Education usually means that we are all in the same situation when it comes to money. However once we leave education, join the working world and start earning salaries, the income gap can become apparent.
There are so many highs and lows in friendships and money is one of them. As each of us grew up with different views about money it can be hard to match them whilst fulfilling mutual interests. One friend may be able to afford something expensive while another may need a little while to come up with the funds. Here are 4 ways to stay great friends on different salaries:
1. Be Truthful About Holiday Goals
If you are willing to fly Ryanair or Easy Jet for a long flight, tell your friends. If you prefer to stay in a 4-star hotel instead of Air B n B, let your friends know. Planning a holiday with friends is so much more than the destination. It’s the costs involved in the hotel, the flight (including stopovers), dining out and any activities you want to do together.
Be honest about what you’re willing to do and where you’re willing to put your money. Saying this before booking will save unnecessary disputes and potentially save you money. No point staying at Dorchester Hotel if it’s going to cost you 3 months of your salary.
2. Don’t Give In To Peer Pressure
Once everyone starts making money, friends want to meet up and do various activities. Then another friend wants to go shopping and they spend £400 on shoes without looking. Young adults tend to face the pressure of looking a certain way or being at certain places. Usually, the reason why it should all be okay is because we don’t have many “responsibilities” at the moment. However getting caught up living a lifestyle we can’t afford is only detrimental to the person pretending.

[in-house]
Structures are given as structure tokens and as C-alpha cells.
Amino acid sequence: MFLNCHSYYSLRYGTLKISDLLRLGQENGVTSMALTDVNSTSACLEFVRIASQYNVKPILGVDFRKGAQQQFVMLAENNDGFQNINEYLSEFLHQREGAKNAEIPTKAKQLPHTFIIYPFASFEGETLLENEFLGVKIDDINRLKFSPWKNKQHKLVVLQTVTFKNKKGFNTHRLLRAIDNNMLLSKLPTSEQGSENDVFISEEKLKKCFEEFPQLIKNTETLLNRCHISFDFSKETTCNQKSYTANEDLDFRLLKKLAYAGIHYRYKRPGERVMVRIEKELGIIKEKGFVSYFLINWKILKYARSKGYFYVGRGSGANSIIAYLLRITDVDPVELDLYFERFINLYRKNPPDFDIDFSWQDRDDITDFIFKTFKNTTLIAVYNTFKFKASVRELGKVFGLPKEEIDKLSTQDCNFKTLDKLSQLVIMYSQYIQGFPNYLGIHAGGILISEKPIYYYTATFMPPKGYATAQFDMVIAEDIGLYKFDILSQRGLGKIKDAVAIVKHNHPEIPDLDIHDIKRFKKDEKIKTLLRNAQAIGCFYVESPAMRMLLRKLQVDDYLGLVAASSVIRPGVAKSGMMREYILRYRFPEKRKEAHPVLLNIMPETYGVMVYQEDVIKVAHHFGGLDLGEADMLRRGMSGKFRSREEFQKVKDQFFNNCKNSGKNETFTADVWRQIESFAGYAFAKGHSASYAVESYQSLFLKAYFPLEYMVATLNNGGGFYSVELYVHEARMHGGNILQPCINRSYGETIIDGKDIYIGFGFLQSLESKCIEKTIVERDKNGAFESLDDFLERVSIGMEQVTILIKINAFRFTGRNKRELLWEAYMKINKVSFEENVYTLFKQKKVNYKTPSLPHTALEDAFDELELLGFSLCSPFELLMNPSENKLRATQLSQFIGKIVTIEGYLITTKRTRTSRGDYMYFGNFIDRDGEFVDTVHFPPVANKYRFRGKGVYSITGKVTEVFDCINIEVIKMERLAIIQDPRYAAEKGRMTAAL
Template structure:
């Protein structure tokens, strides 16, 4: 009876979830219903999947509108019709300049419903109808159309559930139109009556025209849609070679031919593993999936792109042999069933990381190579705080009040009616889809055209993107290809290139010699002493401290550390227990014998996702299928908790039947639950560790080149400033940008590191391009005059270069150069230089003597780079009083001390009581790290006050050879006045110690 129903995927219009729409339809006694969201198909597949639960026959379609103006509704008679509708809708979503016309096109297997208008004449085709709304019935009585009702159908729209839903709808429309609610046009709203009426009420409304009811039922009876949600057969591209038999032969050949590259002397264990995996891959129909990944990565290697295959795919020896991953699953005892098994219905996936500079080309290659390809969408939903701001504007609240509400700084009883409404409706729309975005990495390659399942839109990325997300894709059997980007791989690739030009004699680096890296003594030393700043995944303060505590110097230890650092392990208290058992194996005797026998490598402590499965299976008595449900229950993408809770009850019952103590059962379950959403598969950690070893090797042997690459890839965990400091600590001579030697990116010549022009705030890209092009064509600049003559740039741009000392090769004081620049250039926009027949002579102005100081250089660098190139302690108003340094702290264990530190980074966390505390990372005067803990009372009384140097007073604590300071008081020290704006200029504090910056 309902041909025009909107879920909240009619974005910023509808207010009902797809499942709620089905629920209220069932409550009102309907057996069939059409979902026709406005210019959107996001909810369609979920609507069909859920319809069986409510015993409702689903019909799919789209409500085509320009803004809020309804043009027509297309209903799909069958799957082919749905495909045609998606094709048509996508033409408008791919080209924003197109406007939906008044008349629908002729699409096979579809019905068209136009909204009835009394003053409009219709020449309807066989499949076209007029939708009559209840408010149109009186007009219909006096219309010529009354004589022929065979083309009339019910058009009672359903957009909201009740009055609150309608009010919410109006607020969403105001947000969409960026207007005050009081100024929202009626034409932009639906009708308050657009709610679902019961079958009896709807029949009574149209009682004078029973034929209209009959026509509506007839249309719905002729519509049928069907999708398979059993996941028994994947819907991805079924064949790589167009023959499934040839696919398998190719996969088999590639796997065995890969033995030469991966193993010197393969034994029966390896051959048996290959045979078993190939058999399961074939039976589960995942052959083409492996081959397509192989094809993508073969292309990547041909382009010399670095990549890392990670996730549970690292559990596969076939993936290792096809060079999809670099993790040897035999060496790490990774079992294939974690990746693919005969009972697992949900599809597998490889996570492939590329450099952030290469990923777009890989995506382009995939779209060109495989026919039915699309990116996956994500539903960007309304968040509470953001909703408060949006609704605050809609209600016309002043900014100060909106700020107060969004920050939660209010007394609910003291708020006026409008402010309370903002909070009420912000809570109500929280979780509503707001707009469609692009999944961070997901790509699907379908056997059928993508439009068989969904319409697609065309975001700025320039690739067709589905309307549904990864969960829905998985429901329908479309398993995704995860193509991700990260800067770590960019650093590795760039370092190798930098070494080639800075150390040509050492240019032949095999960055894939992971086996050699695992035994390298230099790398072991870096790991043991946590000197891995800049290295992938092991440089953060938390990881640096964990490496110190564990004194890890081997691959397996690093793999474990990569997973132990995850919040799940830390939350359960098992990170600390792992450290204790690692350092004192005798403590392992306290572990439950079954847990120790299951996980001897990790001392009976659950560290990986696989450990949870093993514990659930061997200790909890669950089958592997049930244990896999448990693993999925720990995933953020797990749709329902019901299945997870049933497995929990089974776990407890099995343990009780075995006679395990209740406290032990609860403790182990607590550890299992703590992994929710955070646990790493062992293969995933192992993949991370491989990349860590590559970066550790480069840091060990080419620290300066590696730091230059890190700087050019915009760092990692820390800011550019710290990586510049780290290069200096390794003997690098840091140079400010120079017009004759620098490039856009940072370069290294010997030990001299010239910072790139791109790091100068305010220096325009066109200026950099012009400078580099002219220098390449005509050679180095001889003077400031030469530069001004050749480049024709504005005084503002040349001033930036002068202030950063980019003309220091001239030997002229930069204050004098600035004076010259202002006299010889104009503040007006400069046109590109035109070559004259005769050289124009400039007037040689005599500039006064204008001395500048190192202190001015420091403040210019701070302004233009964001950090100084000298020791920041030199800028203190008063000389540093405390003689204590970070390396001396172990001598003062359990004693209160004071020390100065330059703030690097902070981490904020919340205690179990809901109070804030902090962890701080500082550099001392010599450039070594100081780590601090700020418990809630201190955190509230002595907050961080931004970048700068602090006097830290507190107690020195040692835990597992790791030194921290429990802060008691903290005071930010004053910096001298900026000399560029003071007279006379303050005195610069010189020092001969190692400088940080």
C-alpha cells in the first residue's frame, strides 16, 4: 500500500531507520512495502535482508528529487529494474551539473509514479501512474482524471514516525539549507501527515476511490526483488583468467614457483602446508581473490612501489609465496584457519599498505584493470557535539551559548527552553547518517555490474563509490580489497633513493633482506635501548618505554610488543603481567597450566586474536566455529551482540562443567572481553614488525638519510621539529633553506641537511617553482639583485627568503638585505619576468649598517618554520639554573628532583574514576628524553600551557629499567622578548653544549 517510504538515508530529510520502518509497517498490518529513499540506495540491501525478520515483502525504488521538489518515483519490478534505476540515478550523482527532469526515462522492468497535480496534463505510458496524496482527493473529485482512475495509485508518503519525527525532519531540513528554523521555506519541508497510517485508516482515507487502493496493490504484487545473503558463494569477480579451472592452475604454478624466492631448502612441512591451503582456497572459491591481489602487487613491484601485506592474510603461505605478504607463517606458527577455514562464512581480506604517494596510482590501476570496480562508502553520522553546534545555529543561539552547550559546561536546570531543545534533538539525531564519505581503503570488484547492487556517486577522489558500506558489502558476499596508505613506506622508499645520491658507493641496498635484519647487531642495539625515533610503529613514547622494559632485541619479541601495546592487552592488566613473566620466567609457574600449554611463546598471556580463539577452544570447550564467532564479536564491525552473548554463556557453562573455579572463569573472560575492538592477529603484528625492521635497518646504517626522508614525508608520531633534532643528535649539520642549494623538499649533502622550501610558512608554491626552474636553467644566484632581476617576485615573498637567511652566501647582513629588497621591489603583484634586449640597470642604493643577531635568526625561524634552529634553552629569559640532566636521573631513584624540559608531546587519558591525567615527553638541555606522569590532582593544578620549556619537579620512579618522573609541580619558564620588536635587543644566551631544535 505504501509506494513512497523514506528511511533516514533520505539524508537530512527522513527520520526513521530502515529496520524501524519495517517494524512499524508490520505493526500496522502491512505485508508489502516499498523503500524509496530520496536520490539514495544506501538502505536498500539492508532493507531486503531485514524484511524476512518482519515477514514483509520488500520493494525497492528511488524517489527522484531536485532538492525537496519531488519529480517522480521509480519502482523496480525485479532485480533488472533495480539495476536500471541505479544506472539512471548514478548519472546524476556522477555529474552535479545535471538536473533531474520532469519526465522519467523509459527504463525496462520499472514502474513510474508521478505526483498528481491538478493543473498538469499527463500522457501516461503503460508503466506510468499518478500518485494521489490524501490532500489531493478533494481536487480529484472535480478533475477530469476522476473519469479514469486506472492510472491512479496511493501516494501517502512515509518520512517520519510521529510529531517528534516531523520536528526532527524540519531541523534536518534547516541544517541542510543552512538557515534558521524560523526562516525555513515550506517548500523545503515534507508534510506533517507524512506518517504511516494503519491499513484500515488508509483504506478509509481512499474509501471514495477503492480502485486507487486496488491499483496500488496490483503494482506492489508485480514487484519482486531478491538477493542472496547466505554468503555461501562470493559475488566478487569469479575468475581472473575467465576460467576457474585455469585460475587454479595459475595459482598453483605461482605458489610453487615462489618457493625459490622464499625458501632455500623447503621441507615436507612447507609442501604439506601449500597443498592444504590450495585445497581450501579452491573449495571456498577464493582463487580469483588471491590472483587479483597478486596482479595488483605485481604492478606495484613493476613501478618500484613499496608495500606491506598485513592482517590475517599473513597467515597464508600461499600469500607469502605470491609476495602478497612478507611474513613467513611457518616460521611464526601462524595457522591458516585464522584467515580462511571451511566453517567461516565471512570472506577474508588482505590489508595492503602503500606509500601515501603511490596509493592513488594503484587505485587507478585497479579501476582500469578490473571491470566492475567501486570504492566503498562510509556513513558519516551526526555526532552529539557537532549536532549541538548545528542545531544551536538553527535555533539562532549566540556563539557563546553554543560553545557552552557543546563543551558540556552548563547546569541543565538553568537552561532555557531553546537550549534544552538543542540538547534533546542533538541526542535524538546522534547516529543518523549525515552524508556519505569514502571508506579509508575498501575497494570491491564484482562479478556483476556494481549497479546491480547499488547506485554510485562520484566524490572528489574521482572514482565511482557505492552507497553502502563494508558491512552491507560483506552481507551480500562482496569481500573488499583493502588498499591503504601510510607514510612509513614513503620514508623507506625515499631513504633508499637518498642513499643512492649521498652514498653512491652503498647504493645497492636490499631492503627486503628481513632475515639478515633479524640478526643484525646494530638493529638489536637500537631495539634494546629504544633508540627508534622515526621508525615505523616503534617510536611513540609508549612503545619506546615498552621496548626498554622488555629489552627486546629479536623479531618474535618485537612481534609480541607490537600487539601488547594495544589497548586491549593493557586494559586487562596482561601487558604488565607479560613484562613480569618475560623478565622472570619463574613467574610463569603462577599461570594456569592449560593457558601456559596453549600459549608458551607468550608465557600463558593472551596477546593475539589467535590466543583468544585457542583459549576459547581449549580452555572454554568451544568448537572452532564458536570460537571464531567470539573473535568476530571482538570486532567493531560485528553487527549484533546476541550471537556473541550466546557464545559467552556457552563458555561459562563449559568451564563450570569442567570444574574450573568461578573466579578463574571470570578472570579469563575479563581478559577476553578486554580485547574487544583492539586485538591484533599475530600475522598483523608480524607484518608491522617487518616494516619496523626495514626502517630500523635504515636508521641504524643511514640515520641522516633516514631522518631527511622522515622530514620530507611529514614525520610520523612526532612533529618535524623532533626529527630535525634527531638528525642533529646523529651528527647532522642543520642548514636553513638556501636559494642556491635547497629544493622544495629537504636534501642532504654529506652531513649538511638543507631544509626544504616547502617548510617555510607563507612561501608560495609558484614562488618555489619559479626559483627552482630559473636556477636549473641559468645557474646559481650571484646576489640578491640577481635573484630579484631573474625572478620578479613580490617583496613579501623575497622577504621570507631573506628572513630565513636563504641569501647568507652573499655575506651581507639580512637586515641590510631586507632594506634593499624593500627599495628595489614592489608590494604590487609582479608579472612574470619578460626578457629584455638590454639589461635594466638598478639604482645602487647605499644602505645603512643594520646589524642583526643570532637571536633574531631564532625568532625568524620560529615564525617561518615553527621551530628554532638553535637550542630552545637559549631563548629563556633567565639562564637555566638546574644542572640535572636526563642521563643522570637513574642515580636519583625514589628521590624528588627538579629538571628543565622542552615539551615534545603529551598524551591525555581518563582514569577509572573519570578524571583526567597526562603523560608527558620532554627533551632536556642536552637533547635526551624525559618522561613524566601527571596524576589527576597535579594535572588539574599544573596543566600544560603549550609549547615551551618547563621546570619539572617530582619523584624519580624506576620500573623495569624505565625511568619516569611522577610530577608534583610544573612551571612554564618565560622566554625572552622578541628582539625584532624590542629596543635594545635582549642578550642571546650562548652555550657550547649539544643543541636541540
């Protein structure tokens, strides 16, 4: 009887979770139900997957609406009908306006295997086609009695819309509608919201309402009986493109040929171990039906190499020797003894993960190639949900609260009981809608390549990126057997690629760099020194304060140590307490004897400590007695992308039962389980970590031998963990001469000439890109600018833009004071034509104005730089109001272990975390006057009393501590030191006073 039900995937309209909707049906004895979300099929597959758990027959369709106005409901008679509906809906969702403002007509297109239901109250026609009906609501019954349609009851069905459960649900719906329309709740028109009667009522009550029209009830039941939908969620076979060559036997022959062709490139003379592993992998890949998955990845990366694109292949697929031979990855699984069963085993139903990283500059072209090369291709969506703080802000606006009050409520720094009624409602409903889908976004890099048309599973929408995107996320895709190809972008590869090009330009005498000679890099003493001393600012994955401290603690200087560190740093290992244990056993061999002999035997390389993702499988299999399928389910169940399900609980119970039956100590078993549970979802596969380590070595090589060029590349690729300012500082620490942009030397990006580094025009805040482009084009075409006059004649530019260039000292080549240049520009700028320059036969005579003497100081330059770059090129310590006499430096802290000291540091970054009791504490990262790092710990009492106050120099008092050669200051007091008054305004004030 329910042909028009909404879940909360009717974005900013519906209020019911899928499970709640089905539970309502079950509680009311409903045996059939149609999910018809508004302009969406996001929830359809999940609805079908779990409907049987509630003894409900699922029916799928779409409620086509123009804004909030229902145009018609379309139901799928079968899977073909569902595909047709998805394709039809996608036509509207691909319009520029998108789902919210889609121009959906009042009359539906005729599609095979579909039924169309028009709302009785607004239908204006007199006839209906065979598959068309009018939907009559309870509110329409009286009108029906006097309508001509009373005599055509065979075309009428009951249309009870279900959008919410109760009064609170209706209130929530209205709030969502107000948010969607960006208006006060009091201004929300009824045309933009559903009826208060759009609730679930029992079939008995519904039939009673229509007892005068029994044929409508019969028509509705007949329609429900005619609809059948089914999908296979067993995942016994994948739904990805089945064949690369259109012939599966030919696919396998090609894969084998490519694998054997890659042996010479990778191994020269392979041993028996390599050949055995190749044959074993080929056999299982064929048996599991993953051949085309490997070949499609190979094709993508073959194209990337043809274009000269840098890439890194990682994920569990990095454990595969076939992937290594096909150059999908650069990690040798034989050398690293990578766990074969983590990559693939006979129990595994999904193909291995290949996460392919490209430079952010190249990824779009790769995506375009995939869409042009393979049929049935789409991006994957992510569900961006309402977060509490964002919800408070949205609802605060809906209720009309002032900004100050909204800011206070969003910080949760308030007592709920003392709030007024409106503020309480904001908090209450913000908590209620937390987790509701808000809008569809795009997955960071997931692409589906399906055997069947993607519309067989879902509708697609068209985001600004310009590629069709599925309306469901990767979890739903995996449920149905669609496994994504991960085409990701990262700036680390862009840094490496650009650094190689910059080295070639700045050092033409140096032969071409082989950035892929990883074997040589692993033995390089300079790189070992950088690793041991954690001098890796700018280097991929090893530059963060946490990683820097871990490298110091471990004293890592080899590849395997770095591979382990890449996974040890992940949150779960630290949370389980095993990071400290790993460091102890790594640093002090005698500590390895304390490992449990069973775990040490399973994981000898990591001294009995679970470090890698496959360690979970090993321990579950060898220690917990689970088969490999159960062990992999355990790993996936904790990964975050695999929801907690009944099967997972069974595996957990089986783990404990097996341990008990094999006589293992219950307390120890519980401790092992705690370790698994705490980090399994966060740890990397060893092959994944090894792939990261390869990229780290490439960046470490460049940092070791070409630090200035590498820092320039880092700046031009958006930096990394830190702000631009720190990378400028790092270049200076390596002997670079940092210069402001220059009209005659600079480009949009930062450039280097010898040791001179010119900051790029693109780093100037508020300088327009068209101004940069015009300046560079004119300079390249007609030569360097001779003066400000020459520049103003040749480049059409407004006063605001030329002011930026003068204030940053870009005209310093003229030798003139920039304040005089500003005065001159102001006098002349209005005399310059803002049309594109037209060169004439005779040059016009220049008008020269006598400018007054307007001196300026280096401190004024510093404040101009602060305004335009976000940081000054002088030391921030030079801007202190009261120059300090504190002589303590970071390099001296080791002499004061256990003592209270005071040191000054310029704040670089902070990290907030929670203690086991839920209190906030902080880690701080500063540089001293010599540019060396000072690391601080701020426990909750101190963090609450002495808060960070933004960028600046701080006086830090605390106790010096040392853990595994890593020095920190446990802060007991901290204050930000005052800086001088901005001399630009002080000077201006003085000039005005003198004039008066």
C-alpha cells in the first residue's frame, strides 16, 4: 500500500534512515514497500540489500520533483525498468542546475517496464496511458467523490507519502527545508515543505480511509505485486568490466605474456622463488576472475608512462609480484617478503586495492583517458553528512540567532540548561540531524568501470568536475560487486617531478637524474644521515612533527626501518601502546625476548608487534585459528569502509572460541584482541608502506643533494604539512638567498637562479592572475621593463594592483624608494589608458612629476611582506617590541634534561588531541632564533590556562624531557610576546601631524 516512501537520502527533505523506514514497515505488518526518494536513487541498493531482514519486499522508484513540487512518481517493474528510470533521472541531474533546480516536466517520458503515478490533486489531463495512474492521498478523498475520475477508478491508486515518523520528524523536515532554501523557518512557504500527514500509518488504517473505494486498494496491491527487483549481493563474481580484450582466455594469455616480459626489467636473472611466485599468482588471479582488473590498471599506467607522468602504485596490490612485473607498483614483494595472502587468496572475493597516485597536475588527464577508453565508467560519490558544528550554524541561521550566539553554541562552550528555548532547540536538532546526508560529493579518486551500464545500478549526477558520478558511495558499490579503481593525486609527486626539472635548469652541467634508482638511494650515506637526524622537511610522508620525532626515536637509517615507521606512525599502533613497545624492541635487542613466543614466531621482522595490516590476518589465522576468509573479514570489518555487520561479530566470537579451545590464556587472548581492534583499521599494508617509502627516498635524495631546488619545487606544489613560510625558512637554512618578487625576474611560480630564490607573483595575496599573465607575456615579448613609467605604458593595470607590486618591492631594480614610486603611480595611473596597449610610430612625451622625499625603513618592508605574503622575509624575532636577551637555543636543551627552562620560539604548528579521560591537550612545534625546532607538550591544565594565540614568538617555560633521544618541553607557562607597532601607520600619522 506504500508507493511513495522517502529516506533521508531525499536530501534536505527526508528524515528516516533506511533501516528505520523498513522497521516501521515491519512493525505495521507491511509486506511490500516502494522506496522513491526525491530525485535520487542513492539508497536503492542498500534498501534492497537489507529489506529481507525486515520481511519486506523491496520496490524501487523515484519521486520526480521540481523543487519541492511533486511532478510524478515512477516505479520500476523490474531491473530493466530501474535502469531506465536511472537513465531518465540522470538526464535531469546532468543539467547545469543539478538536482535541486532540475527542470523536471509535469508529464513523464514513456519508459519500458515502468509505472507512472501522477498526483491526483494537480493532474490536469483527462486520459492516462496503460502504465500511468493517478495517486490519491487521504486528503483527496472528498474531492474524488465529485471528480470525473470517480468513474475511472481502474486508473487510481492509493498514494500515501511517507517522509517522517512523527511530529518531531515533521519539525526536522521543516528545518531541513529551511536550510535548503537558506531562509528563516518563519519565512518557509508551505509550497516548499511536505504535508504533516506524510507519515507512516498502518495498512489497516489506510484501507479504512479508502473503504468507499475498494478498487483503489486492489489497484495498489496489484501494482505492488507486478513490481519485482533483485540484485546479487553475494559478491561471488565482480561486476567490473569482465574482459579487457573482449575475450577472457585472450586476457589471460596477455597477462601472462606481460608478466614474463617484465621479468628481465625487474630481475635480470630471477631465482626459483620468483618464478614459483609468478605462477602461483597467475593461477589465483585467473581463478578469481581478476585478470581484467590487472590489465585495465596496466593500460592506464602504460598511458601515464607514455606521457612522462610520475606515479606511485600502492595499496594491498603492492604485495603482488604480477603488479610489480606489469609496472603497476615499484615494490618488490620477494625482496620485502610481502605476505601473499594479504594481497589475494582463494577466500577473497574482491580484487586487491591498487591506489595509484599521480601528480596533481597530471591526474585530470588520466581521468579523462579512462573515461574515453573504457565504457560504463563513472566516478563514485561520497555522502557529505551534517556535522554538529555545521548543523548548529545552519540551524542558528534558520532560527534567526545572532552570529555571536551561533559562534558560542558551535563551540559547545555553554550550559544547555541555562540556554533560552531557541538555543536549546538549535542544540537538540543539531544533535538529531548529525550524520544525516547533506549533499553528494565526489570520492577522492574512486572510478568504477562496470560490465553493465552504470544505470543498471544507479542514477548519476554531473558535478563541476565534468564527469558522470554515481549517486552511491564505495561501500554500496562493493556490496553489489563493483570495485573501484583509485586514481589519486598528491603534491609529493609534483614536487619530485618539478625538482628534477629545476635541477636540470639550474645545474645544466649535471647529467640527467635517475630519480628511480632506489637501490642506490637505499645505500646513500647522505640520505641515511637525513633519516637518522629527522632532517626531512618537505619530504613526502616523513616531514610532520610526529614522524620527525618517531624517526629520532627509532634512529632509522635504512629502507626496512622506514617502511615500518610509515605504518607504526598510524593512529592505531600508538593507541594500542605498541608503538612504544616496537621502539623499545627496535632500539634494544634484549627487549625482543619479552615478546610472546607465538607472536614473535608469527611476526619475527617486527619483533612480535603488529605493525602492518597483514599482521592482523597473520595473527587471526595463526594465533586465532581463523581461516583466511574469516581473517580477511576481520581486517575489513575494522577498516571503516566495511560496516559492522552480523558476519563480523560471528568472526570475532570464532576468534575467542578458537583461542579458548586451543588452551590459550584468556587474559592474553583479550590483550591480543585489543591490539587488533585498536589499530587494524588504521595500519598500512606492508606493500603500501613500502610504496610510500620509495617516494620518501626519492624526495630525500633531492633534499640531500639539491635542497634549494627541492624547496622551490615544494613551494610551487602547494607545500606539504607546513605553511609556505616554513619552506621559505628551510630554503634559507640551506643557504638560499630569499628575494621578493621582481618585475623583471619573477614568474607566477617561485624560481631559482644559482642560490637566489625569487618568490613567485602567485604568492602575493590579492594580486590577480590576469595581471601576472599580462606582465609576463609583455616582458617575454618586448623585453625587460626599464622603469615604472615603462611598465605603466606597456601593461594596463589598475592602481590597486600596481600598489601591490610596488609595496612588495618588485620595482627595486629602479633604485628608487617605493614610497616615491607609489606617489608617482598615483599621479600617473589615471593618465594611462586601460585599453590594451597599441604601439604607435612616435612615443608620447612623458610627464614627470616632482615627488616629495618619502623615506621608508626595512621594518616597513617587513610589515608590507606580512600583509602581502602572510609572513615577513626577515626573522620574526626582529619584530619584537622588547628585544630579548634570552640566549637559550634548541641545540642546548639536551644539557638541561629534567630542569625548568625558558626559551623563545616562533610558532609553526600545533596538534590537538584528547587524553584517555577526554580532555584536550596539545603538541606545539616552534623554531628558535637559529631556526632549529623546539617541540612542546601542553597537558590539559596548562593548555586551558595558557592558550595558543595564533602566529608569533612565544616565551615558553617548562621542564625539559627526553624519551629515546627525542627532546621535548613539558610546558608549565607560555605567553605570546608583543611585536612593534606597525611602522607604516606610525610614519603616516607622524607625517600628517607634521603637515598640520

Pretending to be doing okay financially in times of monetary hardship does no one any favours. Real friends will understand your situation. And in times when friends don’t speak up, listen to what they speak about. “My rent has gone up” or “I just need to pay off my student overdraft” can be a sign that they may appreciate getting a coffee instead of three-course meal. Remember, your income isn’t your identity.
3. Start Talking
Start to talk to your friends about money. Actual figures don’t need to be discussed if it’s uncomfortable but things like spending habits, saving tips and investment plans can really help someone out. Maybe your friend asked for a raise and now you think that you too may deserve one. Maybe you spend too much on food and you need a friend to help you stay on track. If you haven’t started talking money with your friends, start now.
4. Wearing Your Price On Your Sleeve
Regardless of how much money we all make, there is never a need to flash our cash. Boasting about items that cost a lot of money doesn’t always mean that a friend is financially well off. A friend deciding to stay in also doesn’t mean that they are low on money. Whether we have a lot or we have a little our money management shouldn’t be dependent on our salaries. To reiterate, our identity isn’t based on our income.
This post was written by Bola